Let’s say you’re fortunate enough to get your hands on a big Powerball or Mega Millions ticket and it’s time to cash in.
The eternal conundrum is do you cash out immediately and take the lump sum? Or do you stretch it out as an annuity, hoping you’ll live long enough so that your golden years really are your golden years?
That decision has played itself out in sports, as athletes and other sports figures are stretching their windfalls way past retirement. Recently, news that the New York Mets’ pay former outfielder Bobby Bonilla nearly $1.2 million annually, 15 years after he retired, made a big splash.
But that’s hardly the biggest or even longest attempt to stretch out a payment. Take a look at some of these deferrals:
Manny Ramirez: The eccentric left fielder finished his career with the Tampa Bay Rays four years ago, but he just picked up a $1.98 million check from the Boston Red Sox on Wednesday. And Manny will always be Manny, but he also will cash $2 million annual checks from the Sox through 2026, when he’s 54 years old.
Ken Griffey, Jr. — Though the former center fielder made his fame in Seattle, he’s going to make a fortune off the Cincinnati Reds.
Griffey signed a nine-year, $116.5 million free agent deal to come home to Cincinnati, but spent a lot of his time there on the disabled list. The Reds agreed to defer $57.5 million, so as not to inhibit their ability to sign other free agents.
As a result, Griffey, 45, will be getting money from Cincinnati into his 50s.
Max Scherzer and Ryan Zimmerman — Both Zimmerman and Scherzer are still active Nationals.
But they’ll be paid by the Nationals long after their playing days are over. Scherzer will be getting half of that seven-year, $210 million deal in the seven years after the contract expires at the end of the 2021 season. And the six-year, $100 million extension that Zimmerman signed in 2012 will pay him $10 million a year for five years after he retires.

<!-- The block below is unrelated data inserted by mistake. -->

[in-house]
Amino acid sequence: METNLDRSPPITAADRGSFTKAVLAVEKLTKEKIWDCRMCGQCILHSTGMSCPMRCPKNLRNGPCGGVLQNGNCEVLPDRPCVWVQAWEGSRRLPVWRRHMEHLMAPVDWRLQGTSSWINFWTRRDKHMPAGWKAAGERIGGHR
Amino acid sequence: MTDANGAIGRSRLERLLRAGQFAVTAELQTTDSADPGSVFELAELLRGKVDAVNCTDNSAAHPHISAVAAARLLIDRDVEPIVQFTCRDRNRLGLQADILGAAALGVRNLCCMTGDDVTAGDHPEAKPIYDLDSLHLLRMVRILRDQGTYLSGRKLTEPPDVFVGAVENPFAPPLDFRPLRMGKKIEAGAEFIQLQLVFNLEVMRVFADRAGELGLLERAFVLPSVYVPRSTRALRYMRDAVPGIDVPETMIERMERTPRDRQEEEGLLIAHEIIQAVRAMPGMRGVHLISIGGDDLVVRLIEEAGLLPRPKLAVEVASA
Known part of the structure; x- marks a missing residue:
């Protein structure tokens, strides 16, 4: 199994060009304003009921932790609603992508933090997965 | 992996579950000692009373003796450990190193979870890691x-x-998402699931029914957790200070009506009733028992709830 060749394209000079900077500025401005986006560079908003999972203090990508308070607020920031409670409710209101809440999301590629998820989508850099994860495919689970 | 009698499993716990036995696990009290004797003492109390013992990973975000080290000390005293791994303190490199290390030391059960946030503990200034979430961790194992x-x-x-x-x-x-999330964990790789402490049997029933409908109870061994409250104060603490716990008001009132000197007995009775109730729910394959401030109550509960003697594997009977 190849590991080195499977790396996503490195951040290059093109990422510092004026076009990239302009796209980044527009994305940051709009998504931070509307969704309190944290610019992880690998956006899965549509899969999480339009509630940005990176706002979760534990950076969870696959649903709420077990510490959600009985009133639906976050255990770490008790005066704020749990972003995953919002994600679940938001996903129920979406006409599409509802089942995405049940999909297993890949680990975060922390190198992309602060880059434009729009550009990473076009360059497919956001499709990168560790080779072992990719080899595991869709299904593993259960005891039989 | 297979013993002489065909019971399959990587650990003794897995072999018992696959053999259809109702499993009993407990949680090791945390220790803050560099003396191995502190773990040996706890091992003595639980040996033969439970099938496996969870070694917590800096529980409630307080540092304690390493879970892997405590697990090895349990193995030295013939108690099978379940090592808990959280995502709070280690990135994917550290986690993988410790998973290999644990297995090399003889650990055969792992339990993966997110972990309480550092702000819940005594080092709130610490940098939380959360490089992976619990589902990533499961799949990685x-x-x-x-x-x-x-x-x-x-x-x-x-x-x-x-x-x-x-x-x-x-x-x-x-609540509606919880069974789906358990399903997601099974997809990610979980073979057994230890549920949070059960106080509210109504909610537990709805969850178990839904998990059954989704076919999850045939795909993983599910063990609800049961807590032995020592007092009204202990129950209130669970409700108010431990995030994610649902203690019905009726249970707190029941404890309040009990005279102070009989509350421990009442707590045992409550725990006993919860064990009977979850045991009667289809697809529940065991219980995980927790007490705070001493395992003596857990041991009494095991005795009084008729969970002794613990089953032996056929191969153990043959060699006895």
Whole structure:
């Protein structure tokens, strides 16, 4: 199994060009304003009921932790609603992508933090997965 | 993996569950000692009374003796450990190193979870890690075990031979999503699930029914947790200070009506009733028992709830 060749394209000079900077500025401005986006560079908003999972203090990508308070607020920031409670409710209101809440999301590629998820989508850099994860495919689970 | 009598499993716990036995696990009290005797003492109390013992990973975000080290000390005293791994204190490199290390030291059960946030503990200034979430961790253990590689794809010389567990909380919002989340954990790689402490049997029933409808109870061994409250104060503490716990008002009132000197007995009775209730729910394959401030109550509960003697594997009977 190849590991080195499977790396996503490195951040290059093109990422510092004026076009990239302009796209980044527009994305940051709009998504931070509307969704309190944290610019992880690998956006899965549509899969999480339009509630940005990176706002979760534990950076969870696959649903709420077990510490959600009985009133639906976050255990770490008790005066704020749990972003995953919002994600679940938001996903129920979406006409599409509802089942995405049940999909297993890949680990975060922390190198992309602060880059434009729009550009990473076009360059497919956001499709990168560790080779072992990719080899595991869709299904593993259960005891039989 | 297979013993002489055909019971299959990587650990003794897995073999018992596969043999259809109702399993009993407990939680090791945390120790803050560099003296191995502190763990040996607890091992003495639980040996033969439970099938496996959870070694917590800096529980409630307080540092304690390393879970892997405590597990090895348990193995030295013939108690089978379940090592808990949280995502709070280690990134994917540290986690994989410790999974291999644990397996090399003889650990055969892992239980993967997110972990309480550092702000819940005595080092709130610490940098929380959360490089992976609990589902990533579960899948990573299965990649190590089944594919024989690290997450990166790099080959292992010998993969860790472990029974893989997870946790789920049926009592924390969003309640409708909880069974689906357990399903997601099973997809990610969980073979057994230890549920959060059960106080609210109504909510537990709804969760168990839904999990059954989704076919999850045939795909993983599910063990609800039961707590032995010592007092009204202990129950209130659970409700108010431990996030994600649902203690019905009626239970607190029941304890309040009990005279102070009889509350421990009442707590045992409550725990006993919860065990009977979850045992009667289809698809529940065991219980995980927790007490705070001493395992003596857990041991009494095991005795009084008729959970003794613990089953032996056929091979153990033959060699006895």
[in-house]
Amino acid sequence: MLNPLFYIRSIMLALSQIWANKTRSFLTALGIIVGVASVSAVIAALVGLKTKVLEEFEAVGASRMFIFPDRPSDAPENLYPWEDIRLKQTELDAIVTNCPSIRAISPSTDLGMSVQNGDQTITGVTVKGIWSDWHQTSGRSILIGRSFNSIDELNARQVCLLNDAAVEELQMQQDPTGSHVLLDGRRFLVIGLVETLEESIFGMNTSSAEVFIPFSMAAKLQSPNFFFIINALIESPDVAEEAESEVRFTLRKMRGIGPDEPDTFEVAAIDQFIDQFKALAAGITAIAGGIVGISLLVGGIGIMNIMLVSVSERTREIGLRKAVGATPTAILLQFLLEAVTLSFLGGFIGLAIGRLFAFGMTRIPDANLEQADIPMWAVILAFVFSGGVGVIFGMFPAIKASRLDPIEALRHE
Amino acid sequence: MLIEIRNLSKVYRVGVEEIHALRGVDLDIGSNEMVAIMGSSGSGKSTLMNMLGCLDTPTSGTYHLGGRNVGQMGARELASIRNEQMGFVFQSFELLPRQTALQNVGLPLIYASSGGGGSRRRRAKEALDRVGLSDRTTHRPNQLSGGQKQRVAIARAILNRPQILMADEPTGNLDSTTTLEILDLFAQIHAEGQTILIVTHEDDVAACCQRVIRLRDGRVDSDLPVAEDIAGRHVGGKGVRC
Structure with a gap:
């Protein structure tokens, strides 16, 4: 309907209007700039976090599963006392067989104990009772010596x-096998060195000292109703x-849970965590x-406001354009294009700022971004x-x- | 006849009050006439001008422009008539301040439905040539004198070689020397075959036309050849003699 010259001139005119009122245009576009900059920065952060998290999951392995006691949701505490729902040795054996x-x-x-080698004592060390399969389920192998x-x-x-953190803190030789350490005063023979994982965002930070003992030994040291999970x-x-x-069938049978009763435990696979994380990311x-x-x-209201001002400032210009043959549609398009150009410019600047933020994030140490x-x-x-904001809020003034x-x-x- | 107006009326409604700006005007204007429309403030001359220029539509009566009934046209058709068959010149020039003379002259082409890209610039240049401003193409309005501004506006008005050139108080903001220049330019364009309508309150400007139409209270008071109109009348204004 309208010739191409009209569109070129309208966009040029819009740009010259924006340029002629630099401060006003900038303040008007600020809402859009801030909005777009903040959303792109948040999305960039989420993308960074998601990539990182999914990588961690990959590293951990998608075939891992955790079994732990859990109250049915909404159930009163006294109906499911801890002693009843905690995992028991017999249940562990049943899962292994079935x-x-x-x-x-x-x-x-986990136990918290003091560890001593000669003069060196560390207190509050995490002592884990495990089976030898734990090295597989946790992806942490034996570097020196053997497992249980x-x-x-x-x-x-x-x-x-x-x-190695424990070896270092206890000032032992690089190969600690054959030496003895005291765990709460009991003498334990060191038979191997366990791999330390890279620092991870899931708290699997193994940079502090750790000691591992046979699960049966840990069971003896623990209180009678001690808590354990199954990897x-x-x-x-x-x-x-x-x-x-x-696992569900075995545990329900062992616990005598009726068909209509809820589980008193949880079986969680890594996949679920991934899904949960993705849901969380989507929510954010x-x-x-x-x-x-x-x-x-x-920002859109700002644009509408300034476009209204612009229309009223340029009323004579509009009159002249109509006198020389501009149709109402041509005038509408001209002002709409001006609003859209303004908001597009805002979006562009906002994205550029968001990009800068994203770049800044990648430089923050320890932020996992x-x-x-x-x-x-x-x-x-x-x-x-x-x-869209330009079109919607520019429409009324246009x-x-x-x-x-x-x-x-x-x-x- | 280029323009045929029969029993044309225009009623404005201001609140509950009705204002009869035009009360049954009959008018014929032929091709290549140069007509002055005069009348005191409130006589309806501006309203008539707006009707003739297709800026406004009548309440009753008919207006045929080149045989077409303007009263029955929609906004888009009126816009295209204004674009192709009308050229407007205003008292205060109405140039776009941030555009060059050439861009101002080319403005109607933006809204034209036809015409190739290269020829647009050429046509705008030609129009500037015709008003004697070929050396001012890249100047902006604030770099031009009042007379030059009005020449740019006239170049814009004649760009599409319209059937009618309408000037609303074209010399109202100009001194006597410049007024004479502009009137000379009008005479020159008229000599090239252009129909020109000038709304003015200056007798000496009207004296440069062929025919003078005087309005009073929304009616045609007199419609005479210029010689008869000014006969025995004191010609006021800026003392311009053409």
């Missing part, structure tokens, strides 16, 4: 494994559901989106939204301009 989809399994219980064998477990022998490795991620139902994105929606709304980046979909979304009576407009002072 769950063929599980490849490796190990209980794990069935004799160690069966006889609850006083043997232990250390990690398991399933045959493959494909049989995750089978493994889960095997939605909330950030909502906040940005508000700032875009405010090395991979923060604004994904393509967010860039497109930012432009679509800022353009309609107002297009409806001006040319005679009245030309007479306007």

Kevin Garnett — The power forward will likely finish his career where it started, with the Minnesota Timberwolves. But Garnett will get $35 million — paid out in $7 million annual installments for five years — after he retires.
Dan and Ozzie Silna — Chances are, you’ve never heard of this brother tandem that owned the now defunct Spirits of St. Louis of the old ABA. But every time you watch an NBA game on television, you should think of the Silnas.
When the NBA and ABA merged in 1976, the NBA took four former ABA teams, Denver, San Antonio, Indiana and the now Brooklyn Nets, leaving three teams out in the cold. The Virginia Squires folded before the merger and the Kentucky Colonels owner elected to be bought out by the four teams that were going to the NBA.
That left the Silnas. Rather than taking a lump-sum payment, the brothers elected to take one-seventh of the national television revenue from each of the four teams that went to the NBA for as long as the league existed.
You can see where this is going, can’t you? As the NBA’s television contract has grown over the past four decades, the Silnas have earned an estimated $300 million.
The league tried to end the deal, but with no success. That is, until last year, when the Silnas agreed to take a $500 million payment, though, according to the New York Times, they may still receive some money from disputed sources that didn’t exist when they signed the original deal, like NBA TV, NBA League Pass and foreign broadcasts.
Bruce Sutter — The closer pitched for the Chicago Cubs, St. Louis Cardinals and the Atlanta Braves for 13 years. He last threw a pitch in 1988 and was inducted into the Hall of Fame in 2006.
He’s apparently still getting paid by the Braves today, 27 years later. How? His free agent signing in Atlanta was one of the splashiest of the 1985 season, as he signed what was, for then, a massive $44 million contract.
But Sutter and his agent crafted the deal to run 36 years. That’s right, 36 years. The thought was Sutter would get $800,000 a year for six years, then take the rest of the money as an annuity paying 13 percent a year, which would pay him $1.3 million a year until he was 67.
However, the Los Angeles Times reported in 1985 that Sutter, who is 62, instead received $750,000 a year for the first six years and a minimum of $1.1 million a year for 30 years. The deal was to be capped by a $9.1 million principal payment at the end.
That means, if the math is right, the Braves are on the hook for another $15 million to a guy who has been out of baseball longer than Freddie Freeman has been alive.